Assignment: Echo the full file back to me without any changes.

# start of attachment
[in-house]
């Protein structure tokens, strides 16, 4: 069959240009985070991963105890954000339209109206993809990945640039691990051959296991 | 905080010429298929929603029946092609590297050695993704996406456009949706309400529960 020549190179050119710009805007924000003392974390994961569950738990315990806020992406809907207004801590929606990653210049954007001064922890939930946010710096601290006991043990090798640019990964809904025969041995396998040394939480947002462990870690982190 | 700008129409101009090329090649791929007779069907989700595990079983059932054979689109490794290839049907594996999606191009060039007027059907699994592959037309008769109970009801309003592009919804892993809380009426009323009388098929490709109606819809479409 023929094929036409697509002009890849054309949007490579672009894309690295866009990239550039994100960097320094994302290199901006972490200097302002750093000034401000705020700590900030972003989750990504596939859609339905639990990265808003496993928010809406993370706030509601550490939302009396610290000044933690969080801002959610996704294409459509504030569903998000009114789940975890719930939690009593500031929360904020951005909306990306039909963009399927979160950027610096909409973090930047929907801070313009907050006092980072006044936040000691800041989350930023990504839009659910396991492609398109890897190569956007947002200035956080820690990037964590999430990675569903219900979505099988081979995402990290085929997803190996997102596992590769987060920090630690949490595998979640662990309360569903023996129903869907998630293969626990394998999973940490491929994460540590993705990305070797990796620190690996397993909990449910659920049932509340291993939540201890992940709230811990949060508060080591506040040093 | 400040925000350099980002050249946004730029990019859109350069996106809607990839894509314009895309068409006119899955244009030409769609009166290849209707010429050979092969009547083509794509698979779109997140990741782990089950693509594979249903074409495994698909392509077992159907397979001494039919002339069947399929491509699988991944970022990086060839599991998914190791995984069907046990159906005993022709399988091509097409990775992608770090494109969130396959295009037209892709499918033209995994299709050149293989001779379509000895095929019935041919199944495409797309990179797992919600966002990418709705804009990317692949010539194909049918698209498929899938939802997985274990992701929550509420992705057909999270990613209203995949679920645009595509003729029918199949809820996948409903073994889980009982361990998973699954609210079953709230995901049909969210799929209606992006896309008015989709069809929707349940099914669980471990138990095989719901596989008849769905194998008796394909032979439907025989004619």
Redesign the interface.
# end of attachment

[in-house]
């Protein structure tokens, strides 16, 4: 069959240009985070991963105890954000339209109206993809990945640039691990051959296991 | 905080010429298929929603029946092609590297050695993704996406456009949706309400529960 020549190179050119710009805007924000003392974390994961569950738990315990806020992406809907207004801590929606990653210049954007001064922890939930946010710096601290006991043990090798640019990964809904025969041995396998040394939480947002462990870690982190 | 700008129409101009090329090649791929007779069907989700595990079983059932054979689109490794290839049907594996999606191009060039007027059907699994592959037309008769109970009801309003592009919804892993809380009426009323009388098929490709109606819809479409 023929094929036409697509002009890849054309949007490579672009894309690295866009990239550039994100960097320094994302290199901006972490200097302002750093000034401000705020700590900030972003989750990504596939859609339905639990990265808003496993928010809406993370706030509601550490939302009396610290000044933690969080801002959610996704294409459509504030569903998000009114789940975890719930939690009593500031929360904020951005909306990306039909963009399927979160950027610096909409973090930047929907801070313009907050006092980072006044936040000691800041989350930023990504839009659910396991492609398109890897190569956007947002200035956080820690990037964590999430990675569903219900979505099988081979995402990290085929997803190996997102596992590769987060920090630690949490595998979640662990309360569903023996129903869907998630293969626990394998999973940490491929994460540590993705990305070797990796620190690996397993909990449910659920049932509340291993939540201890992940709230811990949060508060080591506040040093 | 400040925000350099980002050249946004730029990019859109350069996106809607990839894509314009895309068409006119899955244009030409769609009166290849209707010429050979092969009547083509794509698979779109997140990741782990089950693509594979249903074409495994698909392509077992159907397979001494039919002339069947399929491509699988991944970022990086060839599991998914190791995984069907046990159906005993022709399988091509097409990775992608770090494109969130396959295009037209892709499918033209995994299709050149293989001779379509000895095929019935041919199944495409797309990179797992919600966002990418709705804009990317692949010539194909049918698209498929899938939802997985274990992701929550509420992705057909999270990613209203995949679920645009595509003729029918199949809820996948409903073994889980009982361990998973699954609210079953709230995901049909969210799929209606992006896309008015989709069809929707349940099914669980471990138990095989719901596989008849769905194998008796394909032979439907025989004619």
Redesign the interface.